• gmtPLUS09 says:

      Bloggers versus KotlerThis is clever post is worth checking out. For the next month or so, a

    • gmtPLUS09 says:

      Bloggers versus KotlerThis post is worth checking out. For the next month or so, a

    • Dave J. says:

      Why do marketers always want to improve on things that work? The four Ps are a good meme, easy to memorize and recall, and helpful to make sure you’ve got the basics covered.The good marketer has to automatically think from both the company and customer perspective anyway, so I don’t see the benefit in Kotler’s four Cs.

    • Dave … I think marketers always want to improve on things that work in order to make them work better. As marketers, we get paid to over-think everything and analyzing the 4Ps may be another case of us marketers over-thinking. However, I think hearing other views on the relevancy and applicability of the 4Ps is a worthy exercise.My experience tells me not all marketers have the ability to think from the customer POV. Many times these marketers get caught-up in corporate navel-gazing and forgot about what really matters to the customer. That’s why I like Kotler’s 4Cs approach … it gets the marketer thinking in terms of the customer more than the company.

    • Andy Havens says:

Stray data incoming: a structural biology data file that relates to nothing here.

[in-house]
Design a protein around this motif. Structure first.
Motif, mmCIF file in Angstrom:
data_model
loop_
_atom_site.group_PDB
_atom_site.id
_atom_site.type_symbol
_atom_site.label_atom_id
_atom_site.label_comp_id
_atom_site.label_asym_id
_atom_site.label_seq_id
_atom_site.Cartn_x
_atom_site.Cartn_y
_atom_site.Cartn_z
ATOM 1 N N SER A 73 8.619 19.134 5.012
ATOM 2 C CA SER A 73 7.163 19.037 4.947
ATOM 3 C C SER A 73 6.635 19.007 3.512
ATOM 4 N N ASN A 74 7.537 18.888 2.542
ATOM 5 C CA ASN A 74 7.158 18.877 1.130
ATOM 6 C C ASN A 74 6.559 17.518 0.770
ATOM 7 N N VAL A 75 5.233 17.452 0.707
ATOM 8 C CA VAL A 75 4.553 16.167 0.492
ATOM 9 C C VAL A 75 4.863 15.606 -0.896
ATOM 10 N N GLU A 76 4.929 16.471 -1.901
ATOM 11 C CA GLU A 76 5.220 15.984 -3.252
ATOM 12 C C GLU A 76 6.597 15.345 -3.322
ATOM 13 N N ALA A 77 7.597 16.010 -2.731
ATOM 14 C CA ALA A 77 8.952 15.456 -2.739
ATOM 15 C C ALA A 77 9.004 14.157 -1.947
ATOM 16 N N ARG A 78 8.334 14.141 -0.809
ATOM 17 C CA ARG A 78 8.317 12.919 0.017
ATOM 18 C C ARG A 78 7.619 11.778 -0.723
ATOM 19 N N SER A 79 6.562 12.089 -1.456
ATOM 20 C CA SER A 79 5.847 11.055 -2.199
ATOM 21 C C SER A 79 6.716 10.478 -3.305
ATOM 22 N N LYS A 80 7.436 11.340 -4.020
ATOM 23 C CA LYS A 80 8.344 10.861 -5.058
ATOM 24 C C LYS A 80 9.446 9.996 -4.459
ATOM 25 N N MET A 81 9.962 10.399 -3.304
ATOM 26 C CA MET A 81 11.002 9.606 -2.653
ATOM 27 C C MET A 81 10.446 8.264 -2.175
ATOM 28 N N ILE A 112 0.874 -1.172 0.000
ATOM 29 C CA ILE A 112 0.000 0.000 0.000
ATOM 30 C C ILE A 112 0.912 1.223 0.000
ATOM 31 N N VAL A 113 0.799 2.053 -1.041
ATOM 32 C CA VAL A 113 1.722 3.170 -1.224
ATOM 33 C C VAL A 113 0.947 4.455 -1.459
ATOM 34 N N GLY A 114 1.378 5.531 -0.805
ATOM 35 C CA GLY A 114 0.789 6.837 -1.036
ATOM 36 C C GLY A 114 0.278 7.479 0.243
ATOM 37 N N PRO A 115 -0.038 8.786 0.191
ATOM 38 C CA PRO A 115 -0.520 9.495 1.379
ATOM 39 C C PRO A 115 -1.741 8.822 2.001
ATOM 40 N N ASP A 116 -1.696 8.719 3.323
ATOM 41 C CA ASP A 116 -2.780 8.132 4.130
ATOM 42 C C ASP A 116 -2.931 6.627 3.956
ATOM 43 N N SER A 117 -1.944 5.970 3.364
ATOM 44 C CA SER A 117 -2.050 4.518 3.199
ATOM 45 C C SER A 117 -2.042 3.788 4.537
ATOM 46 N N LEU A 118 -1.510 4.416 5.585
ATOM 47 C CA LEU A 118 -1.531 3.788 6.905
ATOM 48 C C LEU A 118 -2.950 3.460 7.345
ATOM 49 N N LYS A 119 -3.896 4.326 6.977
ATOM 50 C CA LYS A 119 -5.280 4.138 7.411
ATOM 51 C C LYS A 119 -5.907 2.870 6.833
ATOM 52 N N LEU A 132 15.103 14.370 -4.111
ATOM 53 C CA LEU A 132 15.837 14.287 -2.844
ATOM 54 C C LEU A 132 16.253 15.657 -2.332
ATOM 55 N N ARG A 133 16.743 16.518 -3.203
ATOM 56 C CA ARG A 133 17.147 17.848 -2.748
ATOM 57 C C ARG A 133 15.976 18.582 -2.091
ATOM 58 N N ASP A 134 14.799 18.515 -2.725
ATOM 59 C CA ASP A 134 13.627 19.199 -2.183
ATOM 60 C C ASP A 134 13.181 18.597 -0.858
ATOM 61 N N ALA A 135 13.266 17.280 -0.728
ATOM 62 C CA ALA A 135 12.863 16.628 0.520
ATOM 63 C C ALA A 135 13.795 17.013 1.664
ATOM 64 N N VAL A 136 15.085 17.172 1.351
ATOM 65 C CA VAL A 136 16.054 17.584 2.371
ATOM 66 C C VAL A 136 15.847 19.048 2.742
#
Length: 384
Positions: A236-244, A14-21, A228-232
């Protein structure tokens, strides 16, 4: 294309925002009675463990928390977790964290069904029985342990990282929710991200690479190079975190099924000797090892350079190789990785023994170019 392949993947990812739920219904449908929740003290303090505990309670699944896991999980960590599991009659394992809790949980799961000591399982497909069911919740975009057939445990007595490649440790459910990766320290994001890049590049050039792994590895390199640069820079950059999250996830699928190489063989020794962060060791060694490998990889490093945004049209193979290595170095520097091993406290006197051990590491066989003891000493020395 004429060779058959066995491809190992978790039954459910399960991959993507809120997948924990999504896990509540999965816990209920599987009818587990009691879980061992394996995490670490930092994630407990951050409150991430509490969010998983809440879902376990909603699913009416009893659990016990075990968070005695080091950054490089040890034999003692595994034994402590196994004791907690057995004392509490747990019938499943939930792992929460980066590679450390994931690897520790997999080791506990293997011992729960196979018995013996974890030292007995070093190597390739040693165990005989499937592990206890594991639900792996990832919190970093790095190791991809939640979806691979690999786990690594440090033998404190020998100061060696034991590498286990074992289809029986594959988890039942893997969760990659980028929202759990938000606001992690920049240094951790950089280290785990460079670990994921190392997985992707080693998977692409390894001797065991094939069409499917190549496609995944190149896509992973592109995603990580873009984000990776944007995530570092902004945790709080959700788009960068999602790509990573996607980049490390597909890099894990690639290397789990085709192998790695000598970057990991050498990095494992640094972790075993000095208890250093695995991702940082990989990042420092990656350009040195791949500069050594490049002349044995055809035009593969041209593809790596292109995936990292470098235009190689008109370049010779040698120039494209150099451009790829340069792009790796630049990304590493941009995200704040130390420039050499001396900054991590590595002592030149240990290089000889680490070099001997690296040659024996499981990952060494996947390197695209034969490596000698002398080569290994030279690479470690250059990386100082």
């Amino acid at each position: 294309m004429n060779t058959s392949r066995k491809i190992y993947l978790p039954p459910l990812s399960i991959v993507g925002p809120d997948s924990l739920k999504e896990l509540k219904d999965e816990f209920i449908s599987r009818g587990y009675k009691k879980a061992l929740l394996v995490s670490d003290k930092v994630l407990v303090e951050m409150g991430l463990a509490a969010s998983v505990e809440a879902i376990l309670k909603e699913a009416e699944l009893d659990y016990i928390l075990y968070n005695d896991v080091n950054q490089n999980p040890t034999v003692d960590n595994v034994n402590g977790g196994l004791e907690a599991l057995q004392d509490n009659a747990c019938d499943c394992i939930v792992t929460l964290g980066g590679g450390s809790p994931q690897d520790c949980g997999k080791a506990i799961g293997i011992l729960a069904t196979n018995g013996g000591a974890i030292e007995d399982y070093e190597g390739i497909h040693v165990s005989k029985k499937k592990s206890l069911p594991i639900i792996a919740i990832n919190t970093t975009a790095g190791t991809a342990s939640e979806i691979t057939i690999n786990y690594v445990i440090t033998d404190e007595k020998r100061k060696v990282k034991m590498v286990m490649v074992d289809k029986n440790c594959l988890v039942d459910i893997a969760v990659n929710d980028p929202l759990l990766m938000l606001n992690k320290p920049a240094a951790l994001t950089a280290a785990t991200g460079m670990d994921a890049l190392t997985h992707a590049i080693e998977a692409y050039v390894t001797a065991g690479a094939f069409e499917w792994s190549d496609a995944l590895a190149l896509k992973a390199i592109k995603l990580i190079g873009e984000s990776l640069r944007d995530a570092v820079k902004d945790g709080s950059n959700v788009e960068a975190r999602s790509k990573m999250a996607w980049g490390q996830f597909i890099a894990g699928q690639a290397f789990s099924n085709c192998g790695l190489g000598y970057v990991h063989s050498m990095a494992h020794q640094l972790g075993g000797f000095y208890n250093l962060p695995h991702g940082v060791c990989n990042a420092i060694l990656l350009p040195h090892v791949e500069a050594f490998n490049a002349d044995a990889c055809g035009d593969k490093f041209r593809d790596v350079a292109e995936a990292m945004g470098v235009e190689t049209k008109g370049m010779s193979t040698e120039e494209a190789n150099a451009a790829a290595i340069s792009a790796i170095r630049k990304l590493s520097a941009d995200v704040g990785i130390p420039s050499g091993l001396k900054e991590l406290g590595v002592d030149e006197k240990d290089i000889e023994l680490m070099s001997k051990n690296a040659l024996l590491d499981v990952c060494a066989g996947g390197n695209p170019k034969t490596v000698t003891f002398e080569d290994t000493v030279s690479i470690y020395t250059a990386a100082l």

How is this “4 Cs?” It’s 3 Cs and a V. I’m so confused.Oh… I get it. All the Cs are for “Customer.” Well… but… isn’t that the “1C” then? Since it’s the same word? Or we could keep going and add as many other words after “Customer” as we wanted and have the “27 Cs,” the “206 Cs” or the “9 billion Cs.”Or maybe we could stop relying on alliteration (which I love in poetry, but not in busienss) and just get to work.Neil Weintraut wrote an article in “Business 2.0″ in August of 1998 about “The New Ps,” in which he said the old 4Ps were dead and the new ones were, “plant (logistics), practices, people, and the (value)proposition.”Ah, what a tangled web we weave when first we practice to use Ps.I guess the question is, “Should we use marketing tools that focus on customers?” Yes. Sure. Of course. But we should also use tools that focus on shareholders and employees, because they are customers, too.And while I’m slamming Kotler for alliteration, I’ll slam him for differentiating “Customer Costs” and “Customer Value.” Value is often inextricably tied to cost. But price is not always tied to product, nor can a company alter certain price variable by a function of will. The reason “price” and “product” are separated in the original 4Ps is because it is handy to think separately about those aspects of a product that impact the “use” of the product and the “economics” of a product. Doing so actually makes it easier to zero in on providing good value for a customer because you can do it from two angles. From a product angle, you can improve the functionality. From a price angle, you can improve the economic proposition. The way Kotler has it laid out, I somehow seem to have lost some of the granularity in the original 4Ps in there somewhere.Also… Place is not always about convenience. I would say that “convenience” is a sub-set of “place.” Other important place issues besides convenience might include; comfort, safety, familiarity, style, privacy, and social issues. The Internet has made us all so ga-ga about convenience that we forget people often drive well out of their way to go to a favorite restaurant, hair salon, church, mall or book store. Or that people will shun a nearby store (for me it’s Meijers), even if it has better prices, if it has that “I need to shower after I shop there” feeling.And I think that “customer communications” is just a cute (Hey! Another “C!”) synonym for “promotion.” Anybody who hasn’t figured out that promotion is a two-way street is still stuck in the 80′s.I’m tired of alliteration. I’m now demanding marketing tools with more subtle, sophisticated literary devices. How about a dactyl? Or an anapest with some internal rhyme? Or just a good, old limmerick:There once was an agency sotWho cooked up a fantabulous plot.His clients had doughThat he coveted, so,He “4P’d” them and got a new yacht.Very sorry. It’s 1:23 am. I’ll go to bed now before I write something even worse than that.